10 Ways to Make Meetings Easier for Workers with Disabilities Part 2
As we wrote in last week’s post, about 15% of the world’s population has some form of disability—about 645 million people are either deaf or visually impaired alone.
Some incredible advancements are being made to help employers be more accommodating for those with disabilities, but employers may not know where to start. Meetings, which are especially crucial can also be especially difficult for the visual and hearing impaired.
Here are five more tips and technologies that can help make them more accessible:
- NuEyes and AIRA are just two examples of smart glasses that help people with low or even no vision.
- Many online meeting systems come with built-in accessibility features. Adobe Connect provides support that includes real-time closed captioning, keyboard access and other features.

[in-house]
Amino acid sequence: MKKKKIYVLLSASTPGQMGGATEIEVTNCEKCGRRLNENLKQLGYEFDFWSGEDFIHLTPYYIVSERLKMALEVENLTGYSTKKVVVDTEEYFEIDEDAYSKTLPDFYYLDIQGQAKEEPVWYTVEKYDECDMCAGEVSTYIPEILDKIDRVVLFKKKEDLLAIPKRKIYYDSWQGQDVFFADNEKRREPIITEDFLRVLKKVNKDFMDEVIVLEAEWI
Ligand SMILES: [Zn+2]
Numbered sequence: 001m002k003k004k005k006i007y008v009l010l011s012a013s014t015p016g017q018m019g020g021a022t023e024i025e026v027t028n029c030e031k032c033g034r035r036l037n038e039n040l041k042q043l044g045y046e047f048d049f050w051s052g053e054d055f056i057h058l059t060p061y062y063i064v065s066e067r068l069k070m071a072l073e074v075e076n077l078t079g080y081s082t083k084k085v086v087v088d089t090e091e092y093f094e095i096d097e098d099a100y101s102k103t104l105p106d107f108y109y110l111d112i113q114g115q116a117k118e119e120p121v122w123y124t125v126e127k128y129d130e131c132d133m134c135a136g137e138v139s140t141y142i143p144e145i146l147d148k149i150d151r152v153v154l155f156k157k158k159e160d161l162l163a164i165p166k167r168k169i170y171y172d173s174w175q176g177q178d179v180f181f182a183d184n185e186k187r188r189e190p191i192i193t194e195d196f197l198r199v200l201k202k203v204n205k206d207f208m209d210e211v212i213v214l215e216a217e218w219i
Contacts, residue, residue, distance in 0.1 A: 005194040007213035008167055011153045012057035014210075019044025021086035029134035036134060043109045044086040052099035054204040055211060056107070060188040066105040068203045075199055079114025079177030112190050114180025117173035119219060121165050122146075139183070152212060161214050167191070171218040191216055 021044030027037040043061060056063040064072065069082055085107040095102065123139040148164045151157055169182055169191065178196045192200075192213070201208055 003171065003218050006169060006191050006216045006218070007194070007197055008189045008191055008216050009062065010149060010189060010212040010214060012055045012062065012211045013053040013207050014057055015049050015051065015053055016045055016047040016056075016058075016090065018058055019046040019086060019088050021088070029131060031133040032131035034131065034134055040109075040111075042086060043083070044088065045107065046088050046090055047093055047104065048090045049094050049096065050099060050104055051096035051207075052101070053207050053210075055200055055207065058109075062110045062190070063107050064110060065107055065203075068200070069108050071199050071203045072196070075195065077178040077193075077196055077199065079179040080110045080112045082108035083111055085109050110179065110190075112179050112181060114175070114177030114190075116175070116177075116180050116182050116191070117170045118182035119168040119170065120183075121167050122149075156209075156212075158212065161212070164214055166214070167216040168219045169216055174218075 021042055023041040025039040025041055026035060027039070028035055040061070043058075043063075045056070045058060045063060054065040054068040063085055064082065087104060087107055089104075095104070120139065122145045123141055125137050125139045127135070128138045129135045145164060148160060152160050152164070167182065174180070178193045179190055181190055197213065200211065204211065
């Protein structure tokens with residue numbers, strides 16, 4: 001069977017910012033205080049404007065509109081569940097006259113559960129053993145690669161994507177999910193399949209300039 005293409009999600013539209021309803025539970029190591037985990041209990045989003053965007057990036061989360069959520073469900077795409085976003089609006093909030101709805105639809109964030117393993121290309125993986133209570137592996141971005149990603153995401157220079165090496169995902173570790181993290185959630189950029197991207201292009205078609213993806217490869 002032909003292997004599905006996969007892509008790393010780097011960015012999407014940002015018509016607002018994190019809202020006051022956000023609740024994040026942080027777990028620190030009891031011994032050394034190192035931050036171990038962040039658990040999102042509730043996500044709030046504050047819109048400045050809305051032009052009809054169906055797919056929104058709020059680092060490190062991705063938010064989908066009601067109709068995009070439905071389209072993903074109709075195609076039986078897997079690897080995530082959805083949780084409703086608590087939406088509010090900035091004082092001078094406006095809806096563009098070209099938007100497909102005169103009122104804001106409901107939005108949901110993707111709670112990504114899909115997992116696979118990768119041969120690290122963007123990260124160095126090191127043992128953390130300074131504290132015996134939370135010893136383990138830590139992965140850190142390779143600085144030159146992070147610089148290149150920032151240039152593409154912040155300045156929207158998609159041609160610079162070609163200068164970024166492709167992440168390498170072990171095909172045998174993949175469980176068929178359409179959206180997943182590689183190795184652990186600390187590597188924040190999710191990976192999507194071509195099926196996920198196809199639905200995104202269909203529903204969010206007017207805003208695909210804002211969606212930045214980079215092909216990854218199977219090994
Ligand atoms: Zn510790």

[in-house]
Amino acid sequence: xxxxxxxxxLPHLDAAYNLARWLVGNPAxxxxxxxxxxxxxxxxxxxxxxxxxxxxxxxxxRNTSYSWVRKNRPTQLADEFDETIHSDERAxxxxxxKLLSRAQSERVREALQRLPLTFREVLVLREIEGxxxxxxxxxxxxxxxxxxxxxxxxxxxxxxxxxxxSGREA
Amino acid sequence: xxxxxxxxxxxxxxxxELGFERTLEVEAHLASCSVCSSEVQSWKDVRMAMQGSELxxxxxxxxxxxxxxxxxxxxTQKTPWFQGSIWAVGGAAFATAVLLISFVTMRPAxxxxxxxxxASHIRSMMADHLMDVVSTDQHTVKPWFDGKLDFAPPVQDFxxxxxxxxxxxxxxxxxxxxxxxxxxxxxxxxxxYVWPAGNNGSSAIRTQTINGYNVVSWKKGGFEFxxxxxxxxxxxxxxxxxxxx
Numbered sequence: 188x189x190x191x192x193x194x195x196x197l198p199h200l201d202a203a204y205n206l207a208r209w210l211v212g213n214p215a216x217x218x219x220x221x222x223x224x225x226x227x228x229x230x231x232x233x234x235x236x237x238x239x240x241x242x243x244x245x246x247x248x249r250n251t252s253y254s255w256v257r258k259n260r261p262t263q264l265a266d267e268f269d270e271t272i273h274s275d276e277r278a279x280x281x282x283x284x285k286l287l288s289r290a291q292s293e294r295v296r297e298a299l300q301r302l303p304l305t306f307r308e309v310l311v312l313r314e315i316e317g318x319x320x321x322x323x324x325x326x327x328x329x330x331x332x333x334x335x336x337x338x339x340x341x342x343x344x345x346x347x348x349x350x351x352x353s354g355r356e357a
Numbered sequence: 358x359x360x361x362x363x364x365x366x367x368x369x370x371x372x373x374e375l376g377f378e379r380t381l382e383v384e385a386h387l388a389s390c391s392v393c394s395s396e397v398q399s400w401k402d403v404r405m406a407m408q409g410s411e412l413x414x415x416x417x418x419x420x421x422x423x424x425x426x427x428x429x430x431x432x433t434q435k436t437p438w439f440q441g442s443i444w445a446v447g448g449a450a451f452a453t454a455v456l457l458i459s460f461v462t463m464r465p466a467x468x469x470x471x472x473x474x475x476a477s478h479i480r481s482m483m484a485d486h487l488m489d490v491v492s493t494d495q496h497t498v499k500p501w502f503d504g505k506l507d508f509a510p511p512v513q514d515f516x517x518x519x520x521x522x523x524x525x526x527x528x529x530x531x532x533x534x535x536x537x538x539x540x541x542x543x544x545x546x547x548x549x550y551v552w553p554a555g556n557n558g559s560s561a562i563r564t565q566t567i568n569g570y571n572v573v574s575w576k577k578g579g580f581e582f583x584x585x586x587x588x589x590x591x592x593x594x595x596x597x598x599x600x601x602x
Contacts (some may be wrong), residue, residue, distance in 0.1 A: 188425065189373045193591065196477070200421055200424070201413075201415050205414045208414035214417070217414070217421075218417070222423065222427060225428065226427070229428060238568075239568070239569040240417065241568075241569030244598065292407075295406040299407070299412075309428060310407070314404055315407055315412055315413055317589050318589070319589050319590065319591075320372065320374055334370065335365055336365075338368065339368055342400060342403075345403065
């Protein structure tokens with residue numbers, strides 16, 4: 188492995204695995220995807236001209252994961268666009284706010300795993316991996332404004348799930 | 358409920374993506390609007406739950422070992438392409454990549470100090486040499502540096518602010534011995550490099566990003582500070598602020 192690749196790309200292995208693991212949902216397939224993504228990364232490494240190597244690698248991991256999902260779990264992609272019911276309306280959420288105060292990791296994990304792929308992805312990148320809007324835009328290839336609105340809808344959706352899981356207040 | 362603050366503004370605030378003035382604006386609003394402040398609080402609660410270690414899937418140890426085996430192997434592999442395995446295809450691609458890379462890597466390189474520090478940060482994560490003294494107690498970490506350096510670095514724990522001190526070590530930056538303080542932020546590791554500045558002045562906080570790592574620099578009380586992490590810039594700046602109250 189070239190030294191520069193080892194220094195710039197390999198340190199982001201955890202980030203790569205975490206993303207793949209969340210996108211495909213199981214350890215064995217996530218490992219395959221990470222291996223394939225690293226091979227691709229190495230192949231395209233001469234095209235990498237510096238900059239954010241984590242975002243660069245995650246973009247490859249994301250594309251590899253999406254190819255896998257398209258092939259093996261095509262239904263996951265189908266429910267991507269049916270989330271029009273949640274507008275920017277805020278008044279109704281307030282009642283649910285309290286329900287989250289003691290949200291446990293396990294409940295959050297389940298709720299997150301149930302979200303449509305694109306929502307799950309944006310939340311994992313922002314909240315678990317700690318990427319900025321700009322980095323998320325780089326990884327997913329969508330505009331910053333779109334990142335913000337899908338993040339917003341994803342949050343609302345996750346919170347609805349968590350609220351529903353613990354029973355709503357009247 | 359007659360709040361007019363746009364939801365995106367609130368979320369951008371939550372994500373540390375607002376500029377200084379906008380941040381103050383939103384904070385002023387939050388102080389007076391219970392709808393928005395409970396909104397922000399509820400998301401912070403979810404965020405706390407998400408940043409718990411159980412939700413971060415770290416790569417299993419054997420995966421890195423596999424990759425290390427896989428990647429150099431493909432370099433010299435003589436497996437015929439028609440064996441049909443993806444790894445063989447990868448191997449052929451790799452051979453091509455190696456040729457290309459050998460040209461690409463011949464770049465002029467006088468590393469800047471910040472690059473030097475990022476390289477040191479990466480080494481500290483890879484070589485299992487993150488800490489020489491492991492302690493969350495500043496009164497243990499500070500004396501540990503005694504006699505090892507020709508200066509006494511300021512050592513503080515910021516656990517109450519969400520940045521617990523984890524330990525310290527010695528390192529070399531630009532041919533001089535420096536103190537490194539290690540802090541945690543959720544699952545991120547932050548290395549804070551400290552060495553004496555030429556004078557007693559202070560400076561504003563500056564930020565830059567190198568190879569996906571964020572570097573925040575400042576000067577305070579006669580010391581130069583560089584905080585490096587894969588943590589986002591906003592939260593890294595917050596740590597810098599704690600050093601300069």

- Smartphones come with accessibility features users may not even be aware of. Android’s TalkBack allows users to interact with their device using touch or spoken feedback. With the iPhone, you get subtitles, captioning and special gestures (like shaking the phone) to activate desired functions. Both phones come with voice assistance (e.g., Genie and Siri).
- BLITAB bills itself as the first ever braille tablet that creates tactile text and graphics for users in real time.
- To further assist those with visual or hearing issues, sometimes it’s the simple things. Making sure your meeting room is well lit and void of any unnecessary noise is a great place to start.
And don’t forget, for accessible whiteboard collaboration, Kaptivo offers a clear version of the full board regardless of the obstruction, such as a glare or presenter, which can make seeing especially difficult for someone with a vision issue or who has difficulty physically moving about.